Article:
Monday, June 29, 2009

My Comment on Jon and Kate Book...Plus Five...

I took a call last week from Grand Rapids Press reporter Chris Knape, who was asking for a comment about a new book by Kate Gosselin scheduled to be released by Grand Rapids-based Zondervan soon. The issue is that the book, which is touted as a look inside a tight-knit family, will come out shortly after Kate and her husband, Jon, announced they are divorcing.

So my comment appeared in the article the next day. That's not such a big deal. What is interesting is where the comment went from there, which demonstrates the speed and reach of the media, both conventional and blogosphere, these days.

Knape's article was picked up by RNS (Religion News Service). From there it also ran in different forms, but including my comment, in USA Today and the Christian Science Monitor.

From there it went into blogs and social media sites, including the Examiner and Straight from Hel, a blog by freelance editor and publishing advisor Helen Ginger.

Again, my comment is not so interesting. It is interesting that Zondervan's "hometown" paper got the ball rolling on this story. It is also interesting to read the comments in the newspapers and blog sites---free focus group for Zondervan, which has not yet said whether the book will be released as scheduled, canned, or tweaked for later release.


 

Wednesday, June 24, 2009

PR and Podcast Radio

PR people have often debated the value of pitching local talk radio vs hard news stations. You can reach a lot of people, but some of these talk hosts can make light of your information rather than objectively report on it. So talk radio pitching always required smart strategy and a consideration of the specifics of each situation.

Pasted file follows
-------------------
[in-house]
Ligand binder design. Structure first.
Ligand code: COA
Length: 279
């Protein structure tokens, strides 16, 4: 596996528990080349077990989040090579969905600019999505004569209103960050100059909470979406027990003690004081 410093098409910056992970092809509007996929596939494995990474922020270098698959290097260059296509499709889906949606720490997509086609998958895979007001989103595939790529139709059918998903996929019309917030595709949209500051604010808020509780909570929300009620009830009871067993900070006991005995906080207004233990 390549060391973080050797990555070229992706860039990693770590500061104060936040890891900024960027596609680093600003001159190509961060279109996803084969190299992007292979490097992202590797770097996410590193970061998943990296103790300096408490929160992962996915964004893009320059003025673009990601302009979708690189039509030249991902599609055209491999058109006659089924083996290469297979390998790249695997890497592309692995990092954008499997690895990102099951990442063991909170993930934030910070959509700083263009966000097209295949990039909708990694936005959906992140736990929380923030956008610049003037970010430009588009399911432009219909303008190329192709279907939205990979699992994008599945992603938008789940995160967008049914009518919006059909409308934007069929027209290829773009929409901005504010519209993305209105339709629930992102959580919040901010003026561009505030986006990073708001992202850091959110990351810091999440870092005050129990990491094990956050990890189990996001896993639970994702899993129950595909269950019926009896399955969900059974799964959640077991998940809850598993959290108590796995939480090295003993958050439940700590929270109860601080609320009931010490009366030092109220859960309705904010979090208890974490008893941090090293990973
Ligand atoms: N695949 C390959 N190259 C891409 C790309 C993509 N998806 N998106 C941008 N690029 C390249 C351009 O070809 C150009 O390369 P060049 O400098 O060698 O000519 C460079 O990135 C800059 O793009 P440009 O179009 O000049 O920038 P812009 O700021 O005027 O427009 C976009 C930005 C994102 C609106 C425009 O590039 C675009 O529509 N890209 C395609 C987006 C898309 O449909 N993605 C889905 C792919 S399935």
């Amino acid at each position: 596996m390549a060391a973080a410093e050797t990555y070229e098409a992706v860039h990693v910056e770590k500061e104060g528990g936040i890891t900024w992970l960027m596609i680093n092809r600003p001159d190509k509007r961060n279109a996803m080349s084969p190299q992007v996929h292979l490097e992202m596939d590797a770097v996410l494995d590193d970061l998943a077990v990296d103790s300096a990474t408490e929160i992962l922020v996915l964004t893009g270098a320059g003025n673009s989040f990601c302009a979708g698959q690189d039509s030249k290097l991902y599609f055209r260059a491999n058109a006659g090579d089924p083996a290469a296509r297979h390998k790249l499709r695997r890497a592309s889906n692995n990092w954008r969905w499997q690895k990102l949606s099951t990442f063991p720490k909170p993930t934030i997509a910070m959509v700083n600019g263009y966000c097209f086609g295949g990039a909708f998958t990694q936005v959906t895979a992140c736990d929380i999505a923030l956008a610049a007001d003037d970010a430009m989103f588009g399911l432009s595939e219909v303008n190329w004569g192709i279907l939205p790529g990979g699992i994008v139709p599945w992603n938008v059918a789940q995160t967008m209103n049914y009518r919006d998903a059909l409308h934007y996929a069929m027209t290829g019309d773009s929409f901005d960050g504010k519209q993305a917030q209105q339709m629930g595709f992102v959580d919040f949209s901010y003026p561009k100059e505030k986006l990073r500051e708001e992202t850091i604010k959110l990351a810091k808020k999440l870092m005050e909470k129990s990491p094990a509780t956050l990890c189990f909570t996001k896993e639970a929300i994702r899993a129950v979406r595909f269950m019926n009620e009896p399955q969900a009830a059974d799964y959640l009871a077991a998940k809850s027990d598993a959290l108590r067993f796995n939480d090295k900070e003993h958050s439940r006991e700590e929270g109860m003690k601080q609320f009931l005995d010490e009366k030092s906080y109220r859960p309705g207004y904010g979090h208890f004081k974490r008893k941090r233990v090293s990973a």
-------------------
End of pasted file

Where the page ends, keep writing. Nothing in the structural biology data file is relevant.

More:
Now there's a new complication: former talk show hosts doing podcast radio.

Dave Jagger and Geri Jarvis were on West Michigan radio stations WLHT and WHTS for years before leaving the air waves a few years ago. Now they are back--by themselves in the form of weekday podcasts of their musings about West Michigan issues at daveandgeri.com

On the one hand, this could be a new opportunity for the media relations function of PR people in West Michigan. If the pair get a large following either on their web site or via iTunes subscriptions, it may be a good way to reach a key public. Of course, that's a big "if" and it may be hard to know the size and characteristics of their audience if they don't share it themselves. If they want to monetize the effort, they likely will be gathering such data and sharing with potential advertisers. (Currently there is a space for sponsors but none listed so far).